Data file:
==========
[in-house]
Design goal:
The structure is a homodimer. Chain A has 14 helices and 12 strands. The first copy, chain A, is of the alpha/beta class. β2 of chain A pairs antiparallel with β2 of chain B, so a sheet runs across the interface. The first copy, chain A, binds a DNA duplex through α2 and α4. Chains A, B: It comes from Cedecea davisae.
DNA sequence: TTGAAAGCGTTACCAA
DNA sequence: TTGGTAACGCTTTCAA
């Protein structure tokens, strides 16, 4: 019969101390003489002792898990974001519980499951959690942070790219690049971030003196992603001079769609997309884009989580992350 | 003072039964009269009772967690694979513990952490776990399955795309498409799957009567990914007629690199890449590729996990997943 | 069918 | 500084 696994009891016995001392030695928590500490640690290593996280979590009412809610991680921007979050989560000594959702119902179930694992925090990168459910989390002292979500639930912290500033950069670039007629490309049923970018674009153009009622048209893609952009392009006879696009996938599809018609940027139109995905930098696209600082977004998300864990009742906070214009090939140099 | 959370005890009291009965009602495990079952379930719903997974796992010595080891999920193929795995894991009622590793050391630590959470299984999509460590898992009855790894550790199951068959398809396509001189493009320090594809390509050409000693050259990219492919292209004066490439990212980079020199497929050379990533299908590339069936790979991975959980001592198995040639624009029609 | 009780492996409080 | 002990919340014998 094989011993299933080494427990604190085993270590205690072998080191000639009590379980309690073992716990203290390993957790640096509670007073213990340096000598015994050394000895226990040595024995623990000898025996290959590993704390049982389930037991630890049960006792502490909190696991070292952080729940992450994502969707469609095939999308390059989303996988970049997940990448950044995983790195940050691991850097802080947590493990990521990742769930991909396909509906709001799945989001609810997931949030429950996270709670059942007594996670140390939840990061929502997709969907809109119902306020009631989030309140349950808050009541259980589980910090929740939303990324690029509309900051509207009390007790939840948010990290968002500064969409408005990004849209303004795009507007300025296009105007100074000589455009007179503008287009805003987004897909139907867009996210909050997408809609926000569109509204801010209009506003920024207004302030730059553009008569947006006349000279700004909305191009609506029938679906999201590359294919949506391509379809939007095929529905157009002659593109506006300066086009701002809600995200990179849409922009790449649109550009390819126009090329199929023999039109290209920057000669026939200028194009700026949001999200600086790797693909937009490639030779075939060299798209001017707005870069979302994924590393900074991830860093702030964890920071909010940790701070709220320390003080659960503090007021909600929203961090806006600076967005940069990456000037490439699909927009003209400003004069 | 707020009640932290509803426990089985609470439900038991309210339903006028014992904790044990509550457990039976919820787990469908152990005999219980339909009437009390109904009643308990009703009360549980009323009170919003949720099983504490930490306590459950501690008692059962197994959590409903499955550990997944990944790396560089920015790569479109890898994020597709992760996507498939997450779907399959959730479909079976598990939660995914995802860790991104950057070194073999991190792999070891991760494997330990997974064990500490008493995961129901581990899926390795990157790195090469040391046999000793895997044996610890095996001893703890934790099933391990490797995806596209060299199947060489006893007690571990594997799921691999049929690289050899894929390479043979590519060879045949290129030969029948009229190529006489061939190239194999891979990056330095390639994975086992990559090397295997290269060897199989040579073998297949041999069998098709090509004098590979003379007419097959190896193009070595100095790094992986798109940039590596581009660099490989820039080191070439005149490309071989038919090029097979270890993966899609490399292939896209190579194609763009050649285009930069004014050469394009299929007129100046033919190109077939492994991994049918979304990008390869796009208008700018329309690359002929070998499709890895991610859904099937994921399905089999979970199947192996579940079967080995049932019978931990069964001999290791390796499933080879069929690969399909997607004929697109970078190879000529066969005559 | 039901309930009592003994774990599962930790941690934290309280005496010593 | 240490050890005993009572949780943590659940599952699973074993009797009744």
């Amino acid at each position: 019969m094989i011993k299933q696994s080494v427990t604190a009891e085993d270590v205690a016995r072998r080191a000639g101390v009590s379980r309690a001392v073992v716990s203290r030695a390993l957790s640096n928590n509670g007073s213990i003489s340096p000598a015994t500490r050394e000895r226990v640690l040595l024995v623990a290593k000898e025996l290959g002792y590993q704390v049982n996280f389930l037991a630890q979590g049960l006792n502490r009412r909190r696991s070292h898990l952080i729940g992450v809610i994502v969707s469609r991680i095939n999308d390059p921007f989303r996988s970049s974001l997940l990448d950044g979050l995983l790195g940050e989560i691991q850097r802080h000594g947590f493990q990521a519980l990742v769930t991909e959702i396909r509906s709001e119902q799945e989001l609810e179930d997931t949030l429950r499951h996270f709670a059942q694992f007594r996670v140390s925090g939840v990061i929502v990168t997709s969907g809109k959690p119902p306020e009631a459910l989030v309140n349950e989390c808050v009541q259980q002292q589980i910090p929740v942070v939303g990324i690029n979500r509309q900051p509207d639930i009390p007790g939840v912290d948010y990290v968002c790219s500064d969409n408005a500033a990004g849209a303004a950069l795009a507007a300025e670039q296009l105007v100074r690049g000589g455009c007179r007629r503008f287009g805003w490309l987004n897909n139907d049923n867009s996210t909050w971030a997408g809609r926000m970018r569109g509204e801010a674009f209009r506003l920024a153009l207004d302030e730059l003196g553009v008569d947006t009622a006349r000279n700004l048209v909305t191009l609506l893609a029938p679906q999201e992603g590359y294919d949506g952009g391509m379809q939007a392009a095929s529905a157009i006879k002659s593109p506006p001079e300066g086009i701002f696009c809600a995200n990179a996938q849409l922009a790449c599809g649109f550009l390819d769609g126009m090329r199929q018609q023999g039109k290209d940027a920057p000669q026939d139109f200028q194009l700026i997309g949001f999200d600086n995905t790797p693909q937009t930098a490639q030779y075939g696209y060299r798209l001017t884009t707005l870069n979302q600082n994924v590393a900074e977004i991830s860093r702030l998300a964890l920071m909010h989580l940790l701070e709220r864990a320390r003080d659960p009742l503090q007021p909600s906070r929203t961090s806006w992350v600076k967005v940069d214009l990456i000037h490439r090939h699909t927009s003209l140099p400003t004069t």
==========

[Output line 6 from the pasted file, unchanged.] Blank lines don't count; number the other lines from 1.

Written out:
């Protein structure tokens, strides 16, 4: 019969101390003489002792898990974001519980499951959690942070790219690049971030003196992603001079769609997309884009989580992350 | 003072039964009269009772967690694979513990952490776990399955795309498409799957009567990914007629690199890449590729996990997943 | 069918 | 500084 696994009891016995001392030695928590500490640690290593996280979590009412809610991680921007979050989560000594959702119902179930694992925090990168459910989390002292979500639930912290500033950069670039007629490309049923970018674009153009009622048209893609952009392009006879696009996938599809018609940027139109995905930098696209600082977004998300864990009742906070214009090939140099 | 959370005890009291009965009602495990079952379930719903997974796992010595080891999920193929795995894991009622590793050391630590959470299984999509460590898992009855790894550790199951068959398809396509001189493009320090594809390509050409000693050259990219492919292209004066490439990212980079020199497929050379990533299908590339069936790979991975959980001592198995040639624009029609 | 009780492996409080 | 002990919340014998 094989011993299933080494427990604190085993270590205690072998080191000639009590379980309690073992716990203290390993957790640096509670007073213990340096000598015994050394000895226990040595024995623990000898025996290959590993704390049982389930037991630890049960006792502490909190696991070292952080729940992450994502969707469609095939999308390059989303996988970049997940990448950044995983790195940050691991850097802080947590493990990521990742769930991909396909509906709001799945989001609810997931949030429950996270709670059942007594996670140390939840990061929502997709969907809109119902306020009631989030309140349950808050009541259980589980910090929740939303990324690029509309900051509207009390007790939840948010990290968002500064969409408005990004849209303004795009507007300025296009105007100074000589455009007179503008287009805003987004897909139907867009996210909050997408809609926000569109509204801010209009506003920024207004302030730059553009008569947006006349000279700004909305191009609506029938679906999201590359294919949506391509379809939007095929529905157009002659593109506006300066086009701002809600995200990179849409922009790449649109550009390819126009090329199929023999039109290209920057000669026939200028194009700026949001999200600086790797693909937009490639030779075939060299798209001017707005870069979302994924590393900074991830860093702030964890920071909010940790701070709220320390003080659960503090007021909600929203961090806006600076967005940069990456000037490439699909927009003209400003004069 | 707020009640932290509803426990089985609470439900038991309210339903006028014992904790044990509550457990039976919820787990469908152990005999219980339909009437009390109904009643308990009703009360549980009323009170919003949720099983504490930490306590459950501690008692059962197994959590409903499955550990997944990944790396560089920015790569479109890898994020597709992760996507498939997450779907399959959730479909079976598990939660995914995802860790991104950057070194073999991190792999070891991760494997330990997974064990500490008493995961129901581990899926390795990157790195090469040391046999000793895997044996610890095996001893703890934790099933391990490797995806596209060299199947060489006893007690571990594997799921691999049929690289050899894929390479043979590519060879045949290129030969029948009229190529006489061939190239194999891979990056330095390639994975086992990559090397295997290269060897199989040579073998297949041999069998098709090509004098590979003379007419097959190896193009070595100095790094992986798109940039590596581009660099490989820039080191070439005149490309071989038919090029097979270890993966899609490399292939896209190579194609763009050649285009930069004014050469394009299929007129100046033919190109077939492994991994049918979304990008390869796009208008700018329309690359002929070998499709890895991610859904099937994921399905089999979970199947192996579940079967080995049932019978931990069964001999290791390796499933080879069929690969399909997607004929697109970078190879000529066969005559 | 039901309930009592003994774990599962930790941690934290309280005496010593 | 240490050890005993009572949780943590659940599952699973074993009797009744």